When I was nine years old I took apart my father’s electric razor without permission. At the time, this device represented manhood to me – a fetish of sorts – I saw as one of the tools a man used to represent masculinity at large in the culture around me. Witnessing my father run the razor across his dark stubble was a definitive stance I would attempt to emulate early on, even before I had a singular hair on my chinny-chin-chin. In retrospect, I perhaps recognized the trouble I would be in when I opened the razor up and picked apart its guts, tiny piece by tiny piece. Regardless, the appeal of removing the small screws, motor, and wires was evidently too much for me to resist. Unsurprisingly, when I was unable to rebuild the razor, I found myself facing the repercussions of my curious actions.
Years later and as an adult man, I see my quest for knowledge in the guts of that razor in a similar light as I do attempting to unravel the workings of my own masculinity: I am capable of dissecting it, on some level, but must also face the consequences of my tinkering both from within myself and from the culture of masculinity around me. It would take me years of troubled conscious struggle to even begin unraveling the ideas I had so desperately clung to; ideas I believed defined me as a man and ideas that defined me as a valuable person. My struggle for my masculine identity truly began, as I see it, when I was sentenced to a period in prison just as I turned eighteen years old.
This is a test. This is only a test.
A test of your masculinity in perhaps one of the most oppressive of environments. Your manhood as defined by a strict set of rules to be obeyed and perpetuated, as dictated by a long history of macho posturing (see also; American machismo). A history tested and tried through violence, coercion, intimidation, and regimented discipline. A well-honed system of risk vs. reward encouraged from the top-down and rarely challenged in any legitimate way other than in jest.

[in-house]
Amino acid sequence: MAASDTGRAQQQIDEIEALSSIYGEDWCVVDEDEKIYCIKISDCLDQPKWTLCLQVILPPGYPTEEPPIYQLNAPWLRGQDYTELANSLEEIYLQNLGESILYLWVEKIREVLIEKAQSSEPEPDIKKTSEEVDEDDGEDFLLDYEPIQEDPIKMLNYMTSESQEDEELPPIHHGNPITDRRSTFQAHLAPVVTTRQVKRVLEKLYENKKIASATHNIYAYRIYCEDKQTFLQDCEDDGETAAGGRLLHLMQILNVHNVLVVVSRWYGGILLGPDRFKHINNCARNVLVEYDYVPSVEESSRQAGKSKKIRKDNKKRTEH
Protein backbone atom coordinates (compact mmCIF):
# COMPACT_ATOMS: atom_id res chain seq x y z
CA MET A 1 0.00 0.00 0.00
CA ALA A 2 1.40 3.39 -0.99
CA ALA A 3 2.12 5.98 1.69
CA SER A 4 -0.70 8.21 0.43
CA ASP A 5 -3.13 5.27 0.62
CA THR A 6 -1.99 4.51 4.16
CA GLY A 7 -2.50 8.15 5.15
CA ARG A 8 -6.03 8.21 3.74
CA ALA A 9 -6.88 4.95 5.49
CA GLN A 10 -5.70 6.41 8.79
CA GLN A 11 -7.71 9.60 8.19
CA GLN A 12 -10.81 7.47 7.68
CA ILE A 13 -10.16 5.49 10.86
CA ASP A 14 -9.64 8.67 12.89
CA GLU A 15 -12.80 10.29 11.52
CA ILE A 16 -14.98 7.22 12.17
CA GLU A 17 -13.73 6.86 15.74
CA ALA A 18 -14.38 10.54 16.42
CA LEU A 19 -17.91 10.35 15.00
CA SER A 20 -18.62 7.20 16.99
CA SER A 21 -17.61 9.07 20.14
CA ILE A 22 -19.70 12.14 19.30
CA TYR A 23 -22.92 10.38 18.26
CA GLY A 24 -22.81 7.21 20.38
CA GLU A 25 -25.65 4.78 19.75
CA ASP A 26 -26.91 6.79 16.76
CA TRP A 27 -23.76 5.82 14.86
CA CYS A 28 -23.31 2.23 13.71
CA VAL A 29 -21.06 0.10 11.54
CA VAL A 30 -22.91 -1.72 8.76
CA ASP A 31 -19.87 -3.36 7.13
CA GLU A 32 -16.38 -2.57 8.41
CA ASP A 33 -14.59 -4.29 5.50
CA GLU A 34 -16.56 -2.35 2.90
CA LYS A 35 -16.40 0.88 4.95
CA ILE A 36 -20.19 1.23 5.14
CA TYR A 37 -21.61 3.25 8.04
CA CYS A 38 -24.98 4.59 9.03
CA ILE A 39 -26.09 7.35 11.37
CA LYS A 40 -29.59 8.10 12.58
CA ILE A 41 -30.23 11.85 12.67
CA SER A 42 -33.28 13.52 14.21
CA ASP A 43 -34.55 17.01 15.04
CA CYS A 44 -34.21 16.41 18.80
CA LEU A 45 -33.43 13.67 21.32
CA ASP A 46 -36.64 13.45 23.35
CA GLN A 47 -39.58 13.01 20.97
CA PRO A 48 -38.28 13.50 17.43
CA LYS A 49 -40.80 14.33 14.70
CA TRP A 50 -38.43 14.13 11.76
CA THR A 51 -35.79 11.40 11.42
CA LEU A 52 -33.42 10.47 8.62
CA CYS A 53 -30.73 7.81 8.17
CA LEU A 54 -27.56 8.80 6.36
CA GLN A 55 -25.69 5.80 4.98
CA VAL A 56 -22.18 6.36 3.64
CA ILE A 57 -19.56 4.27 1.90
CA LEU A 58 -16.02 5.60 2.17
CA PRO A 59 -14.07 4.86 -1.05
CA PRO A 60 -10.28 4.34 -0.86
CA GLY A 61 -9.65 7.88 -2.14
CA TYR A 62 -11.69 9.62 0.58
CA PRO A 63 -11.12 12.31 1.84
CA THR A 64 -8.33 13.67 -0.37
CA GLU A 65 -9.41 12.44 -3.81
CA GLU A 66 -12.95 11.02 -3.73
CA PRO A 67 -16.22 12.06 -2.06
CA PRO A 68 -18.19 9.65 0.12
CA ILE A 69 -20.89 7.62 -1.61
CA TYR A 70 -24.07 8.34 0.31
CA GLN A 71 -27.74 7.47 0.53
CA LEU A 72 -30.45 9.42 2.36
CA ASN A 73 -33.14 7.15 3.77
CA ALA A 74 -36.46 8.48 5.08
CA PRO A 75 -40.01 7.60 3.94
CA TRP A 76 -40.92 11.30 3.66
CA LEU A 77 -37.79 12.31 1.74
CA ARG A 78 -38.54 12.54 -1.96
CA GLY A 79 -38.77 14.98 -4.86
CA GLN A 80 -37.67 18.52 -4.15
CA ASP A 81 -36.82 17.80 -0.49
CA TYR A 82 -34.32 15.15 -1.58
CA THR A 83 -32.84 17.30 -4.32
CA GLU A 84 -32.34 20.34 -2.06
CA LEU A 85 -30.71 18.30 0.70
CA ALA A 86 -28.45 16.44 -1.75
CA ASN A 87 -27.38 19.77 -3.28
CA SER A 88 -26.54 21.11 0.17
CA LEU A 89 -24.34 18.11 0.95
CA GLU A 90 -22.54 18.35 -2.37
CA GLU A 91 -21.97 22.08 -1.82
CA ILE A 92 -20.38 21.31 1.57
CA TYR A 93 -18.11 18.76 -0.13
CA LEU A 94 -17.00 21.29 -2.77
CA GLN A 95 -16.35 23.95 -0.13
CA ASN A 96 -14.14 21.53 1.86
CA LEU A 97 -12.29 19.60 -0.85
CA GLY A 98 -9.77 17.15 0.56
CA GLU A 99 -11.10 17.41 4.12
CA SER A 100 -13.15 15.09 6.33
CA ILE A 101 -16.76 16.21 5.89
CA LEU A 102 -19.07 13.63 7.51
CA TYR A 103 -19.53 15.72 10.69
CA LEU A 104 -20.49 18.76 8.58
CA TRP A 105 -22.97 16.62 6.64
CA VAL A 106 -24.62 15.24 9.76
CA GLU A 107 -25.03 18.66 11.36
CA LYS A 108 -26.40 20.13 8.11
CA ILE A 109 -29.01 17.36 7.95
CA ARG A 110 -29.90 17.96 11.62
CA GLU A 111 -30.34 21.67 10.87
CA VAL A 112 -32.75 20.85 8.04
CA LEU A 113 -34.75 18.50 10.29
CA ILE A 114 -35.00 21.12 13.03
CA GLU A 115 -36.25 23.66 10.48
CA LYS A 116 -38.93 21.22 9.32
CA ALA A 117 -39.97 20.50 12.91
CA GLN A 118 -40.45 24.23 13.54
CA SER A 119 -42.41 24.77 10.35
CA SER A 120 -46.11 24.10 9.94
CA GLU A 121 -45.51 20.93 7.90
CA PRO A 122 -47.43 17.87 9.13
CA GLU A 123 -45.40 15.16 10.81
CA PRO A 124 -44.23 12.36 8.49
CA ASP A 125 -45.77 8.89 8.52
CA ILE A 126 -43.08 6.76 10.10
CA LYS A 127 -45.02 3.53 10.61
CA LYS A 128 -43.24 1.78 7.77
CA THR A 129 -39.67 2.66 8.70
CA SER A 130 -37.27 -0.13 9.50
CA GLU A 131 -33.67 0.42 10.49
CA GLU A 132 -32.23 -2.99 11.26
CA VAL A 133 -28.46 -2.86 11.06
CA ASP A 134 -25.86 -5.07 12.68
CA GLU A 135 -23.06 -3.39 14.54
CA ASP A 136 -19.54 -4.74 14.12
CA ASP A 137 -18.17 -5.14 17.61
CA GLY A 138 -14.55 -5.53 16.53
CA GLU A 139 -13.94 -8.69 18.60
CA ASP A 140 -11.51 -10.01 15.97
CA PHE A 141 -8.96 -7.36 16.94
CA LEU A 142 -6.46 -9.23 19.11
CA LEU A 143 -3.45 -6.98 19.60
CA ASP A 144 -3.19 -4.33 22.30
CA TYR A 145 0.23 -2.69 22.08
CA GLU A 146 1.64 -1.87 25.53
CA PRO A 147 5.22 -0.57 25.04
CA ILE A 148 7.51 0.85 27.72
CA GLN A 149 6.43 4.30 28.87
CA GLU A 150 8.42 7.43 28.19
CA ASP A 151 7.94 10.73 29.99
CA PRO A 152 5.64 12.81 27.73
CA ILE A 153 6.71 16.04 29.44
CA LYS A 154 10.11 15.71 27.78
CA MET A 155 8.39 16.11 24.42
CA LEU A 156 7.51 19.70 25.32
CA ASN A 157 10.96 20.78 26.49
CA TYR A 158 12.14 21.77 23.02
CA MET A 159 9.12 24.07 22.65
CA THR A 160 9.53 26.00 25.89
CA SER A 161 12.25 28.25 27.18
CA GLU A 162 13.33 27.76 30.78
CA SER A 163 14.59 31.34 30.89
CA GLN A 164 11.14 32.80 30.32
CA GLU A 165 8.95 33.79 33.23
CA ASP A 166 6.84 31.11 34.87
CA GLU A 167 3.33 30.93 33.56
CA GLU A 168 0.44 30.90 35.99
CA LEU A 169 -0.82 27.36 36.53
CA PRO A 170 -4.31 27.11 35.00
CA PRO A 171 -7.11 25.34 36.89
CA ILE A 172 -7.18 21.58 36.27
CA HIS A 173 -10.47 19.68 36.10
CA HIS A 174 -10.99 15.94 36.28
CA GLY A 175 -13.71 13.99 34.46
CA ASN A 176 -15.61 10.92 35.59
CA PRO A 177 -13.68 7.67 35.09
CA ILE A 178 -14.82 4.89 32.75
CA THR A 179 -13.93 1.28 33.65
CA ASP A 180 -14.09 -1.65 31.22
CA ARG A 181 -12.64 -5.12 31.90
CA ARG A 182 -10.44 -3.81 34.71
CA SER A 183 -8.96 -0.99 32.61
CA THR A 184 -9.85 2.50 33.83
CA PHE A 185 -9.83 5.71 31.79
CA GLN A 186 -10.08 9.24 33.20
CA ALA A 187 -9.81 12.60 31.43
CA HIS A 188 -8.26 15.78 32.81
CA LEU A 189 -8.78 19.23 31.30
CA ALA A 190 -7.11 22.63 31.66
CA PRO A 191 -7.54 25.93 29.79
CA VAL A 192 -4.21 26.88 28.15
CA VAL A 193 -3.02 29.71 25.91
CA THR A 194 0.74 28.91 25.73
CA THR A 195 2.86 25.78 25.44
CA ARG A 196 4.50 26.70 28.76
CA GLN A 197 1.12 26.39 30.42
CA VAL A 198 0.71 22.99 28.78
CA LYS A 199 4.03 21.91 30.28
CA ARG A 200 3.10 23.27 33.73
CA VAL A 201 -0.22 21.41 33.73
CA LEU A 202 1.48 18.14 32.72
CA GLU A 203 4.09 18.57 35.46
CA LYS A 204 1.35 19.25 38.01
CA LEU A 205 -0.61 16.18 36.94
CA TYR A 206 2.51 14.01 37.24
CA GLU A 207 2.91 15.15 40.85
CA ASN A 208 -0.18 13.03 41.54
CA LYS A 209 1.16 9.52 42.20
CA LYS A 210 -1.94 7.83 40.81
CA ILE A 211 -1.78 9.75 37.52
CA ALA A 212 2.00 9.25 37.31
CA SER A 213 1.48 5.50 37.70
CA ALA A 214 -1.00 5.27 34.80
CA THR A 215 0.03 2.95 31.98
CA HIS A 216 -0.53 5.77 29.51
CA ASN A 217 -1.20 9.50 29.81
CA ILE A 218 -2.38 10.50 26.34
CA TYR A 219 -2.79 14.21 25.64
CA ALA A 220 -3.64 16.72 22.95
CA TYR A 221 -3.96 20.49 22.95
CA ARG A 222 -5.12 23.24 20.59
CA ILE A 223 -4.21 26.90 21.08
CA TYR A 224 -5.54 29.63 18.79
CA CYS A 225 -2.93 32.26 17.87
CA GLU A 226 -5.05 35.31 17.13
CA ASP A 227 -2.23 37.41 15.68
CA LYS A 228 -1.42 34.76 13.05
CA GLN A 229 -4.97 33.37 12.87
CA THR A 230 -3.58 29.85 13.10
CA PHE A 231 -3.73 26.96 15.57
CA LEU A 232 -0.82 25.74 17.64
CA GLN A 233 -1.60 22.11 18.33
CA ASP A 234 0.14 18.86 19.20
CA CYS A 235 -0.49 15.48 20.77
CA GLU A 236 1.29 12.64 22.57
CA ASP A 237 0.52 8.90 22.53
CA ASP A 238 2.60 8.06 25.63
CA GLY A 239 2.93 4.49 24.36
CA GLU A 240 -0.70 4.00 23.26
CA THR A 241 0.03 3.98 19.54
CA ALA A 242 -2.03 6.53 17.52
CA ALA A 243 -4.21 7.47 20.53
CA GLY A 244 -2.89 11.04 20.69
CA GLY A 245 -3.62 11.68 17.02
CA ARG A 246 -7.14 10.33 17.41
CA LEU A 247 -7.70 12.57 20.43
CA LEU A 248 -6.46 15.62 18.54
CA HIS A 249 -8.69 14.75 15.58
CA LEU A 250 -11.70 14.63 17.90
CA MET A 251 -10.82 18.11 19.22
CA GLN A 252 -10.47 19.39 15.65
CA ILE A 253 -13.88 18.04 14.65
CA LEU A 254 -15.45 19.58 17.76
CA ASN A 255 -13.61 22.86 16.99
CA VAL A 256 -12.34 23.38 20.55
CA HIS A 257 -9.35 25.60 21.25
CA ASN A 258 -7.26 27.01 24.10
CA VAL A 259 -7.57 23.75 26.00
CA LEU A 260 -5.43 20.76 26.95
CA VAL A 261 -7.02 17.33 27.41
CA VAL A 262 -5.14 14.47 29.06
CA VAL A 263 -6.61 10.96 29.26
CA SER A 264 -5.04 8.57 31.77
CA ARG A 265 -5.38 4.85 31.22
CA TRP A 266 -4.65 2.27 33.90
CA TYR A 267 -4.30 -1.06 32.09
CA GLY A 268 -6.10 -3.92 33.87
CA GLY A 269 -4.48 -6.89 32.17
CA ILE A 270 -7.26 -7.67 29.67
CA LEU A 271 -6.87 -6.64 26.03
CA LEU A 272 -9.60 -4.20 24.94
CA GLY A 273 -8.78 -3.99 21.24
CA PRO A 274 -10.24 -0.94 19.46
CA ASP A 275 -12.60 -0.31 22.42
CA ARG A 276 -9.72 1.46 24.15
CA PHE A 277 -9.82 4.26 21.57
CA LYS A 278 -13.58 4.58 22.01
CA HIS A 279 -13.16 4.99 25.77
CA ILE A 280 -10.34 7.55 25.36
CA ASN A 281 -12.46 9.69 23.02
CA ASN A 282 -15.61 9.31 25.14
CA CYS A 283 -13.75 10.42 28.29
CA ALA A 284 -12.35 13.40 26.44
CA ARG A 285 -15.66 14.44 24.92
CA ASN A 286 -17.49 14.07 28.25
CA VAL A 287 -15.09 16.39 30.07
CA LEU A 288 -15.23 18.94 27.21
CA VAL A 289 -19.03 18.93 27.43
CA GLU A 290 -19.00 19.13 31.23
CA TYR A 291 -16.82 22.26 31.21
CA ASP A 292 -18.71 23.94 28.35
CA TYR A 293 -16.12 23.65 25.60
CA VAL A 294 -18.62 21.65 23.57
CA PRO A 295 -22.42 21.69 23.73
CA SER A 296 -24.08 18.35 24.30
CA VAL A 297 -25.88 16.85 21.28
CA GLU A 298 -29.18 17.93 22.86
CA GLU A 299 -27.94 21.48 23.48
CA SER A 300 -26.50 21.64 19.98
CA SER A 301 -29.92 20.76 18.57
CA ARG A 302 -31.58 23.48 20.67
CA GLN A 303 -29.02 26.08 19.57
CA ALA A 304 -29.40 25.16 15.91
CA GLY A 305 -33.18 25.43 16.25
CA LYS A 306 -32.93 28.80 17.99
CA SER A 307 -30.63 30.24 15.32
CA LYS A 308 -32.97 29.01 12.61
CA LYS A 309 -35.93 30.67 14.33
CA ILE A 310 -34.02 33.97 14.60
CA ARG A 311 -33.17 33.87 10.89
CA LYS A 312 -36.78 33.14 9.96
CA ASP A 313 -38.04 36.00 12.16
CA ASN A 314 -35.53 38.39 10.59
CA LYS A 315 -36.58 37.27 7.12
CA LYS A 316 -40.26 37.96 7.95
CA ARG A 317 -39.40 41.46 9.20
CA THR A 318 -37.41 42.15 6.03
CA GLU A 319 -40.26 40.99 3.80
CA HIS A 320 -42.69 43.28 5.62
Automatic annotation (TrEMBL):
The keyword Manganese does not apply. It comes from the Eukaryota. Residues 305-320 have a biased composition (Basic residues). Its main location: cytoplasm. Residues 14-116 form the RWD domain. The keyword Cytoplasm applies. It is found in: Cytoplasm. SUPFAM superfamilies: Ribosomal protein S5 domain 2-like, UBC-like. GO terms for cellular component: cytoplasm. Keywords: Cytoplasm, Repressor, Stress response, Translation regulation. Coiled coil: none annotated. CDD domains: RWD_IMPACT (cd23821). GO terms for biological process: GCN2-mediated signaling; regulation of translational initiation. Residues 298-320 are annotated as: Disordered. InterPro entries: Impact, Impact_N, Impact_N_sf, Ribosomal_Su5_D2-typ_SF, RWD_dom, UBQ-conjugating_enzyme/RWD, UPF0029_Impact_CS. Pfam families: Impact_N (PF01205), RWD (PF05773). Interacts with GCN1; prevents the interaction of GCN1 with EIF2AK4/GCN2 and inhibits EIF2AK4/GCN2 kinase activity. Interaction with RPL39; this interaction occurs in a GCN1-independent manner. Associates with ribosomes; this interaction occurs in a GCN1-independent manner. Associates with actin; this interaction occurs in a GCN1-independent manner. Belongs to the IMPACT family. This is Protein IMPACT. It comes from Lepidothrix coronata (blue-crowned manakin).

The challenge begins immediately upon admittance to prison: power plays of intimidation and bullying tactics to throw new arrivals off-balance; judgments based on physical size, demeanor, race, age, and charisma are expediently made by trustees empowered to strictly maintain the hierarchical order. Younger admittances may be presented clothes that are tightly fitting, for example; underwear stained pink in the wash. This test is potentially passable if the young man stands up for himself and demands more proper fitting clothes. Of course, the stance taken must be one of hyper-masculinity, with a threat of underlying violence.
A willingness to fight right off the bat, no questions asked.
Failure to properly follow this regiment results in the rule-breaker potentially being ostracized by the macho-crowd at large. The repercussions of this can be dire and may make one the target of physical violence, theft or other punitive sanctions. Sometimes, using physical violence against a more masculine adversary may overrule victimization temporarily, but this is not always the case. Great care must be taken in this situation or it may simply be exacerbated. Masculinity: the child of exacerbation and excused behaviors.
Specialization (i.e. artistry, writing/legal skills/drug access) may alleviate some pressures of this culture, but one must always pair their skill set with the willingness to resort to violent conflict in the end, lest they be taken advantage of by peers. A fine balance might be struck that allows a position of relative comfort as well as alleviating some of the day-to-day masculine requirements. One might introduce an amount of drugs to a unit and be able to withdraw from the hyper-masculine circles for a period of time.
This was my test and I’m not so certain I passed, even after years of trial and error.